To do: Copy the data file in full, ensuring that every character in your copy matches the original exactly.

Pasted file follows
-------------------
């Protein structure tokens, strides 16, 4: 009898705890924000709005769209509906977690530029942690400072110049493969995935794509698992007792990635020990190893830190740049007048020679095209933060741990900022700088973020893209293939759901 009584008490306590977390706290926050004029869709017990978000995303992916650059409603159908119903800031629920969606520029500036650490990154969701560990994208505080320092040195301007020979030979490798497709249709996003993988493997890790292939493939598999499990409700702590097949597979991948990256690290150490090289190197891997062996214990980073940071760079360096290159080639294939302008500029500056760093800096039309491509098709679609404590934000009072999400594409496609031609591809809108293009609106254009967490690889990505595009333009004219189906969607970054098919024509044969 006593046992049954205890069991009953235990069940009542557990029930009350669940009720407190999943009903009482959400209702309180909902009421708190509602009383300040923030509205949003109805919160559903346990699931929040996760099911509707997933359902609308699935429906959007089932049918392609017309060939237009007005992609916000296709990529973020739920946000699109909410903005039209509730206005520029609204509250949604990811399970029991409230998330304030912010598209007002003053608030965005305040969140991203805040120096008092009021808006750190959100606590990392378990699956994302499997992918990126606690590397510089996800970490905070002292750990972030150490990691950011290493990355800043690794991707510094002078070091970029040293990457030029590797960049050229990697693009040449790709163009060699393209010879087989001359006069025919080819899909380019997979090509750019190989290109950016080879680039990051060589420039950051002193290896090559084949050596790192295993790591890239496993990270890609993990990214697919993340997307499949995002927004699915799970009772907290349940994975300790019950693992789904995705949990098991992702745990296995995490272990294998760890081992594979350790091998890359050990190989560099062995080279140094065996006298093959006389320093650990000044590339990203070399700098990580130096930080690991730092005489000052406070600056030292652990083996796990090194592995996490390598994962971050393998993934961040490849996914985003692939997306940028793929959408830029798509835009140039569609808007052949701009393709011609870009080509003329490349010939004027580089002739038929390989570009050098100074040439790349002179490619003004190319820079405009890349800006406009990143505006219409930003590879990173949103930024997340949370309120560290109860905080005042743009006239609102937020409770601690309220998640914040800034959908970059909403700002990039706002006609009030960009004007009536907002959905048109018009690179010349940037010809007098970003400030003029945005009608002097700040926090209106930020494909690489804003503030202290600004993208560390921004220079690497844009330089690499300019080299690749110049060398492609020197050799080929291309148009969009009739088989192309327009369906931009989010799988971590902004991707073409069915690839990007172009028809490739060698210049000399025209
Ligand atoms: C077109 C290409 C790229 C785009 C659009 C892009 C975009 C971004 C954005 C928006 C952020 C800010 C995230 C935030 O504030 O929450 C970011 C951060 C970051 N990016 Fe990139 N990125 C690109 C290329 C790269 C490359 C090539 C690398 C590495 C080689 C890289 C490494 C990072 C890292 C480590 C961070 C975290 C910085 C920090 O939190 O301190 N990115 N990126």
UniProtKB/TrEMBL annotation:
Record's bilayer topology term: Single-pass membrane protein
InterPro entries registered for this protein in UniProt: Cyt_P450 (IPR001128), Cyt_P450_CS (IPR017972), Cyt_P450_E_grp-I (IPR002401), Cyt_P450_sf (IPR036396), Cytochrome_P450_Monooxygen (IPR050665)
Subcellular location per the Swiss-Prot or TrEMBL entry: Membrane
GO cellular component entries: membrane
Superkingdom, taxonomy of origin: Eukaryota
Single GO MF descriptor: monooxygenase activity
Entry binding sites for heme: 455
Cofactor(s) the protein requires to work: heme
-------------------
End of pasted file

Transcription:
């Protein structure tokens, strides 16, 4: 009898705890924000709005769209509906977690530029942690400072110049493969995935794509698992007792990635020990190893830190740049007048020679095209933060741990900022700088973020893209293939759901 009584008490306590977390706290926050004029869709017990978000995303992916650059409603159908119903800031629920969606520029500036650490990154969701560990994208505080320092040195301007020979030979490798497709249709996003993988493997890790292939493939598999499990409700702590097949597979991948990256690290150490090289190197891997062996214990980073940071760079360096290159080639294939302008500029500056760093800096039309491509098709679609404590934000009072999400594409496609031609591809809108293009609106254009967490690889990505595009333009004219189906969607970054098919024509044969 006593046992049954205890069991009953235990069940009542557990029930009350669940009720407190999943009903009482959400209702309180909902009421708190509602009383300040923030509205949003109805919160559903346990699931929040996760099911509707997933359902609308699935429906959007089932049918392609017309060939237009007005992609916000296709990529973020739920946000699109909410903005039209509730206005520029609204509250949604990811399970029991409230998330304030912010598209007002003053608030965005305040969140991203805040120096008092009021808006750190959100606590990392378990699956994302499997992918990126606690590397510089996800970490905070002292750990972030150490990691950011290493990355800043690794991707510094002078070091970029040293990457030029590797960049050229990697693009040449790709163009060699393209010879087989001359006069025919080819899909380019997979090509750019190989290109950016080879680039990051060589420039950051002193290896090559084949050596790192295993790591890239496993990270890609993990990214697919993340997307499949995002927004699915799970009772907290349940994975300790019950693992789904995705949990098991992702745990296995995490272990294998760890081992594979350790091998890359050990190989560099062995080279140094065996006298093959006389320093650990000044590339990203070399700098990580130096930080690991730092005489000052406070600056030292652990083996796990090194592995996490390598994962971050393998993934961040490849996914985003692939997306940028793929959408830029798509835009140039569609808007052949701009393709011609870009080509003329490349010939004027580089002739038929390989570009050098100074040439790349002179490619003004190319820079405009890349800006406009990143505006219409930003590879990173949103930024997340949370309120560290109860905080005042743009006239609102937020409770601690309220998640914040800034959908970059909403700002990039706002006609009030960009004007009536907002959905048109018009690179010349940037010809007098970003400030003029945005009608002097700040926090209106930020494909690489804003503030202290600004993208560390921004220079690497844009330089690499300019080299690749110049060398492609020197050799080929291309148009969009009739088989192309327009369906931009989010799988971590902004991707073409069915690839990007172009028809490739060698210049000399025209
Ligand atoms: C077109 C290409 C790229 C785009 C659009 C892009 C975009 C971004 C954005 C928006 C952020 C800010 C995230 C935030 O504030 O929450 C970011 C951060 C970051 N990016 Fe990139 N990125 C690109 C290329 C790269 C490359 C090539 C690398 C590495 C080689 C890289 C490494 C990072 C890292 C480590 C961070 C975290 C910085 C920090 O939190 O301190 N990115 N990126």
UniProtKB/TrEMBL annotation:
Record's bilayer topology term: Single-pass membrane protein
InterPro entries registered for this protein in UniProt: Cyt_P450 (IPR001128), Cyt_P450_CS (IPR017972), Cyt_P450_E_grp-I (IPR002401), Cyt_P450_sf (IPR036396), Cytochrome_P450_Monooxygen (IPR050665)
Subcellular location per the Swiss-Prot or TrEMBL entry: Membrane
GO cellular component entries: membrane
Superkingdom, taxonomy of origin: Eukaryota
Single GO MF descriptor: monooxygenase activity
Entry binding sites for heme: 455
Cofactor(s) the protein requires to work: heme